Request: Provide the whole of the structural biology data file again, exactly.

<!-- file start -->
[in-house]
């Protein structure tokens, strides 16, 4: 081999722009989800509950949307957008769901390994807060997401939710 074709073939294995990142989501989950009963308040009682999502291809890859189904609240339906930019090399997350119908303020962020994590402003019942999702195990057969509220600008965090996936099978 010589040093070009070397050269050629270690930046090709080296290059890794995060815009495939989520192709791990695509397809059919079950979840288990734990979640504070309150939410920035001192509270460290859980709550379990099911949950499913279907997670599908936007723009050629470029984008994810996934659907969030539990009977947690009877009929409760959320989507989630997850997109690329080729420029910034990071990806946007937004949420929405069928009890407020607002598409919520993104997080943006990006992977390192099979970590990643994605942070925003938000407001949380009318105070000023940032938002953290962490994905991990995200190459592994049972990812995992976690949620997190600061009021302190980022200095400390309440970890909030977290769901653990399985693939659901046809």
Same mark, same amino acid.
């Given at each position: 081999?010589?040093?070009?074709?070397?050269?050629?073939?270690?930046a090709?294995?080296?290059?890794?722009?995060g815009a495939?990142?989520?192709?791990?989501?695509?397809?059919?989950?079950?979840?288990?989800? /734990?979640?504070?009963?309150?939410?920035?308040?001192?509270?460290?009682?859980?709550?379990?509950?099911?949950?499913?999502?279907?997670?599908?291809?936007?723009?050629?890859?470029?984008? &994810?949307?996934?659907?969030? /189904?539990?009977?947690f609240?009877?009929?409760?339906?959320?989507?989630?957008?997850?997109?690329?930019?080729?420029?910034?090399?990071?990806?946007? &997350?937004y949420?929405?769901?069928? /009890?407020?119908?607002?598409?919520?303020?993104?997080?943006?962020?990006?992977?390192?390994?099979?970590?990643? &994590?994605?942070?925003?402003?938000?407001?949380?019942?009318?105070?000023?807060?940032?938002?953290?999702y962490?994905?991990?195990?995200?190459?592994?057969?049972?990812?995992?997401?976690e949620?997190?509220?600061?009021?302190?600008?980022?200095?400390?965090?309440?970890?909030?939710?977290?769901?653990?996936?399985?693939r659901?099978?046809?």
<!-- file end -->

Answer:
[in-house]
């Protein structure tokens, strides 16, 4: 081999722009989800509950949307957008769901390994807060997401939710 074709073939294995990142989501989950009963308040009682999502291809890859189904609240339906930019090399997350119908303020962020994590402003019942999702195990057969509220600008965090996936099978 010589040093070009070397050269050629270690930046090709080296290059890794995060815009495939989520192709791990695509397809059919079950979840288990734990979640504070309150939410920035001192509270460290859980709550379990099911949950499913279907997670599908936007723009050629470029984008994810996934659907969030539990009977947690009877009929409760959320989507989630997850997109690329080729420029910034990071990806946007937004949420929405069928009890407020607002598409919520993104997080943006990006992977390192099979970590990643994605942070925003938000407001949380009318105070000023940032938002953290962490994905991990995200190459592994049972990812995992976690949620997190600061009021302190980022200095400390309440970890909030977290769901653990399985693939659901046809």
Same mark, same amino acid.
């Given at each position: 081999?010589?040093?070009?074709?070397?050269?050629?073939?270690?930046a090709?294995?080296?290059?890794?722009?995060g815009a495939?990142?989520?192709?791990?989501?695509?397809?059919?989950?079950?979840?288990?989800? /734990?979640?504070?009963?309150?939410?920035?308040?001192?509270?460290?009682?859980?709550?379990?509950?099911?949950?499913?999502?279907?997670?599908?291809?936007?723009?050629?890859?470029?984008? &994810?949307?996934?659907?969030? /189904?539990?009977?947690f609240?009877?009929?409760?339906?959320?989507?989630?957008?997850?997109?690329?930019?080729?420029?910034?090399?990071?990806?946007? &997350?937004y949420?929405?769901?069928? /009890?407020?119908?607002?598409?919520?303020?993104?997080?943006?962020?990006?992977?390192?390994?099979?970590?990643? &994590?994605?942070?925003?402003?938000?407001?949380?019942?009318?105070?000023?807060?940032?938002?953290?999702y962490?994905?991990?195990?995200?190459?592994?057969?049972?990812?995992?997401?976690e949620?997190?509220?600061?009021?302190?600008?980022?200095?400390?965090?309440?970890?909030?939710?977290?769901?653990?996936?399985?693939r659901?099978?046809?």